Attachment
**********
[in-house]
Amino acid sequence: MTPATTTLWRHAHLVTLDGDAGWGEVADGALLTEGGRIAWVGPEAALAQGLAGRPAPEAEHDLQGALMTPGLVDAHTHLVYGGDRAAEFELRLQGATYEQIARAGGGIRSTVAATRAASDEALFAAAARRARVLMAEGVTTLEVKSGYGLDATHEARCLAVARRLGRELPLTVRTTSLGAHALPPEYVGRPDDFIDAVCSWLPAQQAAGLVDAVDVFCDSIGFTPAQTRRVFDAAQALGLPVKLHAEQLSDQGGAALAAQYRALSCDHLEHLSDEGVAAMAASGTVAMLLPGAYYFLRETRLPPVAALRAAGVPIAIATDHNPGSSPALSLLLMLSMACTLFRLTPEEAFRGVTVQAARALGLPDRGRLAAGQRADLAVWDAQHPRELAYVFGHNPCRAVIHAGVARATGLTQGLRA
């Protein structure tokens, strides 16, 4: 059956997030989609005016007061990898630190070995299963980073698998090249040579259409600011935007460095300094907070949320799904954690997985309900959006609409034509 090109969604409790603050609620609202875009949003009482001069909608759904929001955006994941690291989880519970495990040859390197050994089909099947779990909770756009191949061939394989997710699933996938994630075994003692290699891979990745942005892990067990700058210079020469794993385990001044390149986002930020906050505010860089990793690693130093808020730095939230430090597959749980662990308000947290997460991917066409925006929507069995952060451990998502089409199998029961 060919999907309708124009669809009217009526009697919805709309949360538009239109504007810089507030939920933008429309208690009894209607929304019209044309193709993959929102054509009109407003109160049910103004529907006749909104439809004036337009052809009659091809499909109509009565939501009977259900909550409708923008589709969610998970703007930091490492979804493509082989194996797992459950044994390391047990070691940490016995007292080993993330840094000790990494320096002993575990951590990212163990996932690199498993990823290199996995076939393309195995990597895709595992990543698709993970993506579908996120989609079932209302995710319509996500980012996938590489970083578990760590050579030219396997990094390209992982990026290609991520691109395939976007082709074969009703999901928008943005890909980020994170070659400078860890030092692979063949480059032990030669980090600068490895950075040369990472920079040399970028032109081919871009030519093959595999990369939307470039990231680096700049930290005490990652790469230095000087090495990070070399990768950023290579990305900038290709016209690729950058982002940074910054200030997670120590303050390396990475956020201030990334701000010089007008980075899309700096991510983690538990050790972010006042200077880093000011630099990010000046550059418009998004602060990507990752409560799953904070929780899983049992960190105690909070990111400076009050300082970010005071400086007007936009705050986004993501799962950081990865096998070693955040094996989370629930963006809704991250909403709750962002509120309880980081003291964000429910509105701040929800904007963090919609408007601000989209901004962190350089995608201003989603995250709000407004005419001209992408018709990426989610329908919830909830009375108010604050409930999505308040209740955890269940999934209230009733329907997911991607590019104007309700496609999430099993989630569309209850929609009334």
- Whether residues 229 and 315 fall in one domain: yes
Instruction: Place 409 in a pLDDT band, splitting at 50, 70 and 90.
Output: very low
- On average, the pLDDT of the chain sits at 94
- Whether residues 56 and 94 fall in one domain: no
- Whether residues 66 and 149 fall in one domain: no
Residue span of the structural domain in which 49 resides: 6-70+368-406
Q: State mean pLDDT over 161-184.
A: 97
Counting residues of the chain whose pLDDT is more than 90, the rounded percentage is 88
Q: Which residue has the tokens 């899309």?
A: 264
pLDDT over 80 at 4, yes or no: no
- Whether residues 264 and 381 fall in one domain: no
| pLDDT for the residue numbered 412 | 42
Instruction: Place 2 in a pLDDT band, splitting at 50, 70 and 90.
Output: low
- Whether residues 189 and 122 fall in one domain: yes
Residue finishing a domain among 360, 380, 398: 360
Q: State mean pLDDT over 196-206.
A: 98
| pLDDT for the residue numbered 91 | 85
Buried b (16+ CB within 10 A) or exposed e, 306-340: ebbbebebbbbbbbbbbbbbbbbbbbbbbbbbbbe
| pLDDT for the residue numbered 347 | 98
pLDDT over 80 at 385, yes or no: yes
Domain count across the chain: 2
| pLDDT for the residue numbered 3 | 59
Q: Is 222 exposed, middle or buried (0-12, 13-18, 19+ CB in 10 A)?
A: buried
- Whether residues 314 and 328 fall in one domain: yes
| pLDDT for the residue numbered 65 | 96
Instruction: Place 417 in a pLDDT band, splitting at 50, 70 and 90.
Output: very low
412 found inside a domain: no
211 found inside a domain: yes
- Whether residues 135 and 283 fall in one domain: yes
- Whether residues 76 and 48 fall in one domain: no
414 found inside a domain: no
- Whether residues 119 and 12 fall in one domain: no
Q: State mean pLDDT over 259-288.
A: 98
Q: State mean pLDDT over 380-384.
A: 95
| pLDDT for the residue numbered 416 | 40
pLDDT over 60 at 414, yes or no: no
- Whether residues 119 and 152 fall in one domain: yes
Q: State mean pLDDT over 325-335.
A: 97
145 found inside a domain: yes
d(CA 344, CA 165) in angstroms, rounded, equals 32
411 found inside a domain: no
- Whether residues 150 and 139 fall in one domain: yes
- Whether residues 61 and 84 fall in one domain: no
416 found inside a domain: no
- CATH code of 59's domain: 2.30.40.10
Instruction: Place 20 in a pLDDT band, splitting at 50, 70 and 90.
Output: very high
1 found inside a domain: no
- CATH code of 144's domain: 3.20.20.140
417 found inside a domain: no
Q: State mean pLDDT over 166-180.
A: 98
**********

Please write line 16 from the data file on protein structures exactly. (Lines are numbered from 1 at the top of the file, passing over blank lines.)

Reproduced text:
pLDDT over 80 at 4, yes or no: no